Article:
DOTr, LTO defer child car seat law

·3 min read

THE Department of Transportation (DOTr) announced on Tuesday, February 2, 2021, that it is postponing the implementation of Republic Act (RA) 11229 or the Child Safety on Motor Vehicles Act until it has finalized the enforcement protocol amid the coronavirus (Covid-19) pandemic.

The DOTr said this is in consideration of the Covid-19 pandemic, and “until a comprehensive information, education and communication (IEC) campaign is executed.”

The DOTr, in a clarificatory statement it issued on February 2, said the department and the LTO favor the deferment of the full implementation of the RA 11229.

The DOTr said the LTO had scheduled in March 2020 an enforcement and communications planning workshop on the implementation of RA 11229 but had to cancel it because of the Covid-19 pandemic and the imposition of community quarantine.

“Both the DOTr and the LTO are in agreement that a deferment of the full implementation or enforcement of this new rule is warranted, especially given our current economic situation amid this still raging pandemic,” DOTr said in a statement.

That, as Land Transportation Office (LTO)-Central Visayas Director Victor Emannuel Caindec said there is still much to be done as part of their program to effectively implement the Child Safety on Motor Vehicles Act.

“If we do not focus on ensuring education to ensure compliance, we will fail,” he told SunStar Cebu on Tuesday, Feb. 2, 2021.

Caindec said while many people focus on asking when to implement the law, he said he wants to focus on ensuring that the community understands the intention of the law and how LTO can address it.

He said the success of the enforcement of the law is not about how many apprehensions the implementing agencies do, but it is about the reduction of fatal cases.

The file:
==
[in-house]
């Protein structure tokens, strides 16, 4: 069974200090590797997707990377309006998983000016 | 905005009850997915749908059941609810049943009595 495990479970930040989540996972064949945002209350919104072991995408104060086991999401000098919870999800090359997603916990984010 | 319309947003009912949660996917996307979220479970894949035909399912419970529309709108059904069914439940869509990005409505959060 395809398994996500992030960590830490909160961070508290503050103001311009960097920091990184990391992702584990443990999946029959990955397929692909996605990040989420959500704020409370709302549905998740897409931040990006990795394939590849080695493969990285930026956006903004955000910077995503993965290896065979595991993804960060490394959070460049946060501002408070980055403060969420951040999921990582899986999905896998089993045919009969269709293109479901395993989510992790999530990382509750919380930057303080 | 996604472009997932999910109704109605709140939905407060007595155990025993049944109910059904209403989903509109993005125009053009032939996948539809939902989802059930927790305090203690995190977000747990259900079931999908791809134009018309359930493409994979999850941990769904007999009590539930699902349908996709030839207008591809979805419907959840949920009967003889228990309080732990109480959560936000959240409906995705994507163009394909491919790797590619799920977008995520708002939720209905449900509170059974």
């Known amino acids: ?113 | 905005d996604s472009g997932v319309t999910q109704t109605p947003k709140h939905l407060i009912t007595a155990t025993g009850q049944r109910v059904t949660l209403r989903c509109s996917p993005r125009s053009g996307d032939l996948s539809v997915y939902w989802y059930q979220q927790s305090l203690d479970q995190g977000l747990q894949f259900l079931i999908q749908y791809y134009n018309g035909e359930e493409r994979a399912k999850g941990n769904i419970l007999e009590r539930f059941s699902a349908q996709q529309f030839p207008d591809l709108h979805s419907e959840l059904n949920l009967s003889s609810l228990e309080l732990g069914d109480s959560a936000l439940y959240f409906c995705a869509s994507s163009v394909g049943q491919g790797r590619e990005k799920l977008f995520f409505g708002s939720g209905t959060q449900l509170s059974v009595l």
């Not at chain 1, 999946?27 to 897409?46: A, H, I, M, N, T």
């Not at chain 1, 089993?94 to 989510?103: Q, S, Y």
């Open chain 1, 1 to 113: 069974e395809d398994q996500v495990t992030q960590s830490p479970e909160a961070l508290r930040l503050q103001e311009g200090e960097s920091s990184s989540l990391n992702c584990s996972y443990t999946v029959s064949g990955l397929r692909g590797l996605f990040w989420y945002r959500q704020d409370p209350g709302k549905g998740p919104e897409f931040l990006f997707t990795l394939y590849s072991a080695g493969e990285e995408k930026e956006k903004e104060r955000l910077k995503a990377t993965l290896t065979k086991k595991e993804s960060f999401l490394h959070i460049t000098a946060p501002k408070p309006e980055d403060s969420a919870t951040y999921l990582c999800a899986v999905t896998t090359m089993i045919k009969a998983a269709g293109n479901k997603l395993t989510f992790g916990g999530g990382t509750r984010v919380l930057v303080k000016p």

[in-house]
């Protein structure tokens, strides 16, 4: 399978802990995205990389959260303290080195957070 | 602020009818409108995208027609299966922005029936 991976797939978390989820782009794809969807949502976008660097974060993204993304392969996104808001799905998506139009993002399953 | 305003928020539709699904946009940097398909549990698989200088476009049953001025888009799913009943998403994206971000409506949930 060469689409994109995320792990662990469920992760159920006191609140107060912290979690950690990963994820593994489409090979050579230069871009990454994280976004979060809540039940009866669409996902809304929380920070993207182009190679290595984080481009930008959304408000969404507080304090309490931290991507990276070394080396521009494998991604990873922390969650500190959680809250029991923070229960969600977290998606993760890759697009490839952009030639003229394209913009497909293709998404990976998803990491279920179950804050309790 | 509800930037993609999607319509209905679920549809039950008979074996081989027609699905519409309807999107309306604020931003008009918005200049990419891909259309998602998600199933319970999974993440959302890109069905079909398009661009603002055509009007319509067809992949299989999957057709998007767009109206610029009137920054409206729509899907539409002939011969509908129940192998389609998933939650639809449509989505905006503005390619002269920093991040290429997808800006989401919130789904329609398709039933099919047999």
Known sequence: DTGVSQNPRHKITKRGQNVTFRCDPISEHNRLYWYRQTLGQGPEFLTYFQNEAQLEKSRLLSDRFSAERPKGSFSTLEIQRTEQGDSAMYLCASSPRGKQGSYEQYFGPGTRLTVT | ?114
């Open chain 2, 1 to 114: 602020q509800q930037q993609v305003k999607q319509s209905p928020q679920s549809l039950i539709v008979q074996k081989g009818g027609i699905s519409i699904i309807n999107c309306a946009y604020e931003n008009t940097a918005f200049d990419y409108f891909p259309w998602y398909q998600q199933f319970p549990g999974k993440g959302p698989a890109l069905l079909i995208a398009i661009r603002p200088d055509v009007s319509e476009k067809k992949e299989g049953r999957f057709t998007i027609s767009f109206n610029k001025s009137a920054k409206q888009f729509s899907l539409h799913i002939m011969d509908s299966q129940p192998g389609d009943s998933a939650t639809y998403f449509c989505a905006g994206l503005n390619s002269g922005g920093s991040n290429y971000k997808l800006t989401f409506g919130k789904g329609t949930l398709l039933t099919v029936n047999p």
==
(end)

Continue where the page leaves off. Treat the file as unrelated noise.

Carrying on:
RA 11229 mandates the use of Child Restraint Systems for children below 12 years old in private motor vehicles.

Moreover, no child will be allowed to sit in the front seat of a motor vehicle with a running engine.

Caindec encouraged the public to see the legislation as an important step to ensure road safety interventions are institutionalized such as the seat belt law and the motorcycle safety law.

“We need to look at this development as a necessary though difficult step in ensuring that we help save lives, especially children’s. This will eventually force the future adoption of more safe vehicle transport, both for private and public use,” he said.

He clarified that it is not just the LTO or DOTr that issued its own memorandum or policy requiring car seats.

It was passed and signed into law on Feb. 22, 2019 while its Implementing Rules and Regulation (IRR) was approved on Dec. 23, 2019.

It took effect in February 2020, but a transitory period was provided prior to the mandatory compliance as stated in its IRR.

The agency said part of the planned IEC campaign is the information rollout about the law targeting teachers, medical practitioners, children, manufacturers, retailers and importers, among others.

The DOTr said the LTO is still in the process of finalizing enforcement protocol as this requires special training because of involvement of the children.

The DOTr echoed the statement of the LTO that violators will have no fines for now and will “initially be warned” and given information materials about the new law.

The Department said that, according to the LTO, issuance of fines or imposition of driver’s license demerit points may be done in three to six months. (WBS)